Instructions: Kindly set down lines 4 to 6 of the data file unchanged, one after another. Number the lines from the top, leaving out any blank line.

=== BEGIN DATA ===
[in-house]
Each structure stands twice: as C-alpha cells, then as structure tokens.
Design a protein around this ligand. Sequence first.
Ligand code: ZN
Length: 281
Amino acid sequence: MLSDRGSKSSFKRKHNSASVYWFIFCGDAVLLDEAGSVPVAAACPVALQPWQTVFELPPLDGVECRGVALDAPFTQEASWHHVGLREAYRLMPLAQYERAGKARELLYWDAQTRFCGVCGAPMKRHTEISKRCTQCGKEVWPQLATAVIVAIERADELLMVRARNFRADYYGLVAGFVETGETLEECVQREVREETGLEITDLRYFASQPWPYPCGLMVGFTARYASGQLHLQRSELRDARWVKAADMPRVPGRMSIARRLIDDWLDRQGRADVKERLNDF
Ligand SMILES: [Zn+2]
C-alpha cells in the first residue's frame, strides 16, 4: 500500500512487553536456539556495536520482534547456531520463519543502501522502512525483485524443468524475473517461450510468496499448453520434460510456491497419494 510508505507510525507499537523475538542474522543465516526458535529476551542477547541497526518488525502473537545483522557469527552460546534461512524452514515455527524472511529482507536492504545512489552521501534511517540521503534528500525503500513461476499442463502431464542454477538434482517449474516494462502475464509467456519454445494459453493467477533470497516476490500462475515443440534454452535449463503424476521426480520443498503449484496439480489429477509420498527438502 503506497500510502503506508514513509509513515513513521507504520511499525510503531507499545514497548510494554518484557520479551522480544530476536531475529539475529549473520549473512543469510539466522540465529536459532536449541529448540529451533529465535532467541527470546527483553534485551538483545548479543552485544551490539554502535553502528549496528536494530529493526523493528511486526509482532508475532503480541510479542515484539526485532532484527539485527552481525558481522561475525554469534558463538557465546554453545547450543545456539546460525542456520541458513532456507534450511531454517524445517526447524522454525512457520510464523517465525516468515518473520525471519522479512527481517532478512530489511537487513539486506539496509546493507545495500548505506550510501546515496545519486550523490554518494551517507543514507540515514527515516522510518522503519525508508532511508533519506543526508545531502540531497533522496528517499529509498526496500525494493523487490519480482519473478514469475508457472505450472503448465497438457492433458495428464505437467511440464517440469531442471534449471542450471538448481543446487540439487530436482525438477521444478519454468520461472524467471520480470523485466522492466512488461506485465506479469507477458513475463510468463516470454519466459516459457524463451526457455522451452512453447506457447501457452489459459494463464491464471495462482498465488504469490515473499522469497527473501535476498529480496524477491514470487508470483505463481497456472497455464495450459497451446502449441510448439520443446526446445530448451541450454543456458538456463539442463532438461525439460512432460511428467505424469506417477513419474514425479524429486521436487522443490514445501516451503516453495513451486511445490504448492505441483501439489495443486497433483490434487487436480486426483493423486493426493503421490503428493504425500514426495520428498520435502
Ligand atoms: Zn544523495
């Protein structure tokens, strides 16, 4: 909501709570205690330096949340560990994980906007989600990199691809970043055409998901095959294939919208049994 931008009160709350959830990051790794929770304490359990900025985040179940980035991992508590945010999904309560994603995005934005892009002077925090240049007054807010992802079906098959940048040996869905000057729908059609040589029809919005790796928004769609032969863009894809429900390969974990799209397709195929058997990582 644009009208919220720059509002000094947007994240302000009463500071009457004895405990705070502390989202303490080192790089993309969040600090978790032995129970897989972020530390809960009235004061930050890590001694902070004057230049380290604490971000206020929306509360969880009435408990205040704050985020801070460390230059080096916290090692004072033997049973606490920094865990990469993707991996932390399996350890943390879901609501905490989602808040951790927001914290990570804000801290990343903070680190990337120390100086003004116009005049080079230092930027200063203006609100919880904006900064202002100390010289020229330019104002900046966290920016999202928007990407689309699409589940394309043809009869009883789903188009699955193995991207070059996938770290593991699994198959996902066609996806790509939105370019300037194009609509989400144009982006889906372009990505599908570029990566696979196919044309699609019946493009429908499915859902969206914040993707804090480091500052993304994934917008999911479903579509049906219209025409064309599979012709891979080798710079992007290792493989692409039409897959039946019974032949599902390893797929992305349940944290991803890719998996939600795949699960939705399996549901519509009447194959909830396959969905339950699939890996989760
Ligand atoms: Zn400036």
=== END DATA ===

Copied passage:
Ligand code: ZN
Length: 281
Amino acid sequence: MLSDRGSKSSFKRKHNSASVYWFIFCGDAVLLDEAGSVPVAAACPVALQPWQTVFELPPLDGVECRGVALDAPFTQEASWHHVGLREAYRLMPLAQYERAGKARELLYWDAQTRFCGVCGAPMKRHTEISKRCTQCGKEVWPQLATAVIVAIERADELLMVRARNFRADYYGLVAGFVETGETLEECVQREVREETGLEITDLRYFASQPWPYPCGLMVGFTARYASGQLHLQRSELRDARWVKAADMPRVPGRMSIARRLIDDWLDRQGRADVKERLNDF